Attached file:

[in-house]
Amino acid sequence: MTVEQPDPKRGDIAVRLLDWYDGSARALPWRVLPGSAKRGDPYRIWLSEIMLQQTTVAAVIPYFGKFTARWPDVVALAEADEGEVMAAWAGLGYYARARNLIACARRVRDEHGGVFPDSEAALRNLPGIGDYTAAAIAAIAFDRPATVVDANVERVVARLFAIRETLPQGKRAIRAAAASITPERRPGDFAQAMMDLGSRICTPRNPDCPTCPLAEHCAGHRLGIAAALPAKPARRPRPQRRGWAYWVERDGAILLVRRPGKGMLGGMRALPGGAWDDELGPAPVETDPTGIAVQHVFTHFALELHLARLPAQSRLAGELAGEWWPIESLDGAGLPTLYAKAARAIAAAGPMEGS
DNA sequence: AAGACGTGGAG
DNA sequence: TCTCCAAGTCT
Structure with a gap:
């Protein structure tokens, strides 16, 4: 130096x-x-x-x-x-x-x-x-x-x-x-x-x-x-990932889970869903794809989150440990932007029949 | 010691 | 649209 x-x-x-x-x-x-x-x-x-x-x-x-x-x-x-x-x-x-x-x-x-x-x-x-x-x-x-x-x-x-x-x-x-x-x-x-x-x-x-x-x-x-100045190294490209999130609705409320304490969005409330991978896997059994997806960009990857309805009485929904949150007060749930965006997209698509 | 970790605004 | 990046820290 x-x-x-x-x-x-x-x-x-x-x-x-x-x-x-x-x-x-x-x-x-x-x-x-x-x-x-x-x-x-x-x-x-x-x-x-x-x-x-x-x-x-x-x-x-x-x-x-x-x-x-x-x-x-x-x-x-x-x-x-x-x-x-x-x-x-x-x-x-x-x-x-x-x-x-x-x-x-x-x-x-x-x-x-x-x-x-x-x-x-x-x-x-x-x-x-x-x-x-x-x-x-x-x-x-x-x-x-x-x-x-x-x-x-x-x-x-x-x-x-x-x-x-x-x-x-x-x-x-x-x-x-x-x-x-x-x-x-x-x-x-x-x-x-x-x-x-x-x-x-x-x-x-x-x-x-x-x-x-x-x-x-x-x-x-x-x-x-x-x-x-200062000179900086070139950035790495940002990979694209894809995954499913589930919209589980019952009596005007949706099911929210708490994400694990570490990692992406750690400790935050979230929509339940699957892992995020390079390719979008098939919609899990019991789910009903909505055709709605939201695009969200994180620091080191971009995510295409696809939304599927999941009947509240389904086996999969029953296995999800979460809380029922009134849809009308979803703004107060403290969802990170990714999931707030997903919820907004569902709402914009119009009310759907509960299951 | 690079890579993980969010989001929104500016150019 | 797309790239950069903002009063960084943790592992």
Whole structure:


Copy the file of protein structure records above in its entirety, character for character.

[in-house]
Amino acid sequence: MTVEQPDPKRGDIAVRLLDWYDGSARALPWRVLPGSAKRGDPYRIWLSEIMLQQTTVAAVIPYFGKFTARWPDVVALAEADEGEVMAAWAGLGYYARARNLIACARRVRDEHGGVFPDSEAALRNLPGIGDYTAAAIAAIAFDRPATVVDANVERVVARLFAIRETLPQGKRAIRAAAASITPERRPGDFAQAMMDLGSRICTPRNPDCPTCPLAEHCAGHRLGIAAALPAKPARRPRPQRRGWAYWVERDGAILLVRRPGKGMLGGMRALPGGAWDDELGPAPVETDPTGIAVQHVFTHFALELHLARLPAQSRLAGELAGEWWPIESLDGAGLPTLYAKAARAIAAAGPMEGS
DNA sequence: AAGACGTGGAG
DNA sequence: TCTCCAAGTCT
Structure with a gap:
């Protein structure tokens, strides 16, 4: 130096x-x-x-x-x-x-x-x-x-x-x-x-x-x-990932889970869903794809989150440990932007029949 | 010691 | 649209 x-x-x-x-x-x-x-x-x-x-x-x-x-x-x-x-x-x-x-x-x-x-x-x-x-x-x-x-x-x-x-x-x-x-x-x-x-x-x-x-x-x-100045190294490209999130609705409320304490969005409330991978896997059994997806960009990857309805009485929904949150007060749930965006997209698509 | 970790605004 | 990046820290 x-x-x-x-x-x-x-x-x-x-x-x-x-x-x-x-x-x-x-x-x-x-x-x-x-x-x-x-x-x-x-x-x-x-x-x-x-x-x-x-x-x-x-x-x-x-x-x-x-x-x-x-x-x-x-x-x-x-x-x-x-x-x-x-x-x-x-x-x-x-x-x-x-x-x-x-x-x-x-x-x-x-x-x-x-x-x-x-x-x-x-x-x-x-x-x-x-x-x-x-x-x-x-x-x-x-x-x-x-x-x-x-x-x-x-x-x-x-x-x-x-x-x-x-x-x-x-x-x-x-x-x-x-x-x-x-x-x-x-x-x-x-x-x-x-x-x-x-x-x-x-x-x-x-x-x-x-x-x-x-x-x-x-x-x-x-x-x-x-x-x-200062000179900086070139950035790495940002990979694209894809995954499913589930919209589980019952009596005007949706099911929210708490994400694990570490990692992406750690400790935050979230929509339940699957892992995020390079390719979008098939919609899990019991789910009903909505055709709605939201695009969200994180620091080191971009995510295409696809939304599927999941009947509240389904086996999969029953296995999800979460809380029922009134849809009308979803703004107060403290969802990170990714999931707030997903919820907004569902709402914009119009009310759907509960299951 | 690079890579993980969010989001929104500016150019 | 797309790239950069903002009063960084943790592992």
Whole structure: